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SAN DIEGO — A report that says San Diego will need to spend $46.4 million to fix problems with the city’s nearly 4,600 miles of sidewalks was forwarded Thursday to the full City Council by the Infrastructure Committee.

Student engineers hired to conduct the $1 million assessment found 78,400 locations where sidewalk repairs or replacement are needed. They also discovered that 620 miles of roadway don’t have sidewalks on both sides; half the 42,000 corner curb ramps aren’t compliant with the Americans With Disabilities Act; and 25,000 corners don’t have a ramp.

Around $6.7 million is being set aside to conduct about 7,000 repairs over the next year, with a priority being placed on high-traffic areas like bus stops, schools, parks, retail corridors and other public gathering areas, according to the office of Councilman Mark Kersey, the Infrastructure Committee chairman.

“If you don’t know exactly what you’re dealing with you don’t know how much it’s going to cost to fix it, or how you should prioritize the project because not every crack in the sidewalk is created equally. Some of them are legitimate public safety issues, and some of them are just unsightly,” Kersey said.

The money will also pay for the addition of 3.5 miles of sidewalks in spots where there are currently none.

“San Diegans deserve trip-free sidewalks — it’s both a public safety as well as a quality-of-life issue,” Kersey said. “We can’t have people walking down the street on the sidewalk not sure if they’re going to trip and fall, especially the elderly and young kids.”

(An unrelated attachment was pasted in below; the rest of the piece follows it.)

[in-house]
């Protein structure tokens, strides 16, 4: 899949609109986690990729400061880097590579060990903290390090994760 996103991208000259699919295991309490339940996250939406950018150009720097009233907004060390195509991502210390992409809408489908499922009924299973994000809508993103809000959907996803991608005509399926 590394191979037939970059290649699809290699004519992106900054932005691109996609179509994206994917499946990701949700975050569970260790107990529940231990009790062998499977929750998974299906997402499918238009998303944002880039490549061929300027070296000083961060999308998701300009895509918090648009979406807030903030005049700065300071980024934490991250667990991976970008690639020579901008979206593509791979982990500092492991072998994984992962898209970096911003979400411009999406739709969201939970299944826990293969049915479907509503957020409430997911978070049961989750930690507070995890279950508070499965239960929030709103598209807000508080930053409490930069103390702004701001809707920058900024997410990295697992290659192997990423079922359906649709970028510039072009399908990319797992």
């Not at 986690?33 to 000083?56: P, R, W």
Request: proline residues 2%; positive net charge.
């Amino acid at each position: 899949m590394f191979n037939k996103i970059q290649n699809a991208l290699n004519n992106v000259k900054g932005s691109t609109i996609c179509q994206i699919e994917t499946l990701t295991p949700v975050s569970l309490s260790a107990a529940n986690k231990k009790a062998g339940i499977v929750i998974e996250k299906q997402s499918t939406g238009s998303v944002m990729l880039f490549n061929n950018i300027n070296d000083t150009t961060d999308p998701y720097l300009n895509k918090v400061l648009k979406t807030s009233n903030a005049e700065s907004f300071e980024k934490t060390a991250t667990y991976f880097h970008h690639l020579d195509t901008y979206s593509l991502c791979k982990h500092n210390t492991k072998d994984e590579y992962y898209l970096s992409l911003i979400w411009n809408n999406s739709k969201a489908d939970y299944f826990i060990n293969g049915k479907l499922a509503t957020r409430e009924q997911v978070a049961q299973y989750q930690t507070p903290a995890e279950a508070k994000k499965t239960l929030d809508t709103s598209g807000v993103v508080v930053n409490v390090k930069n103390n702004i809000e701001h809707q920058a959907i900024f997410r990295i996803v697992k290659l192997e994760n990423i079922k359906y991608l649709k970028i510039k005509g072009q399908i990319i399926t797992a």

He said the city pays out some settlements each year to people hurt tripping and hurting themselves on damaged sidewalks.

San Diego officials are also trying to make the city more pedestrian- friendly.

The city has commissioned several assessment studies in order to get a grip on the cost of clearing a backlog of major capital and maintenance projects with a collective price tag of nearly $3.9 billion. The city has also been assessing streets, parks, buildings and other facilities.

“We can’t address our infrastructure problems until we have an understanding the full scope of the problems,” Kersey said. City officials can then prioritize projects to address the highest-need areas first, he said.

For sidewalks, about half of the projects will involve complete replacement, including 7,585 spots that were uprooted by trees. The rest, in which elevation changes between concrete panels are less than 1.5 inches, can be repaired, according to the report.

Financial responsibility for maintaining sidewalks generally lies with the owner of the adjacent property, but only to some extent. Because of the high price of repair or replacement, the city will split the cost 50-50 with the property owner.

The city will also pay the full cost if damage was caused by trees in the public right-of-way, heat expansion or grade subsidence — in which poor soil compaction causes the sidewalk to settle.

Councilwoman Marti Emerald suggested that the city remind property owners of their responsibilities, and take a fresh look at the cost-sharing arrangement. She called it a subsidy that “government shouldn’t be forced to shoulder,” especially when broken sidewalks front commercial areas.

For Liam Dillon, the information in the study will help the city take a step in the right direction when it comes to dealing with the sidewalks.

“Now we know comprehensively where some of the worst problems in the city actually are which should help the city prioritize the fixes in a way that was better than it was in the past,” said Dillon.

The committee also forwarded a report on how other cities dole out the financial responsibilities of sidewalk maintenance to the full council, and asked the City Attorney’s Office to chime in with a report on legal ramifications.

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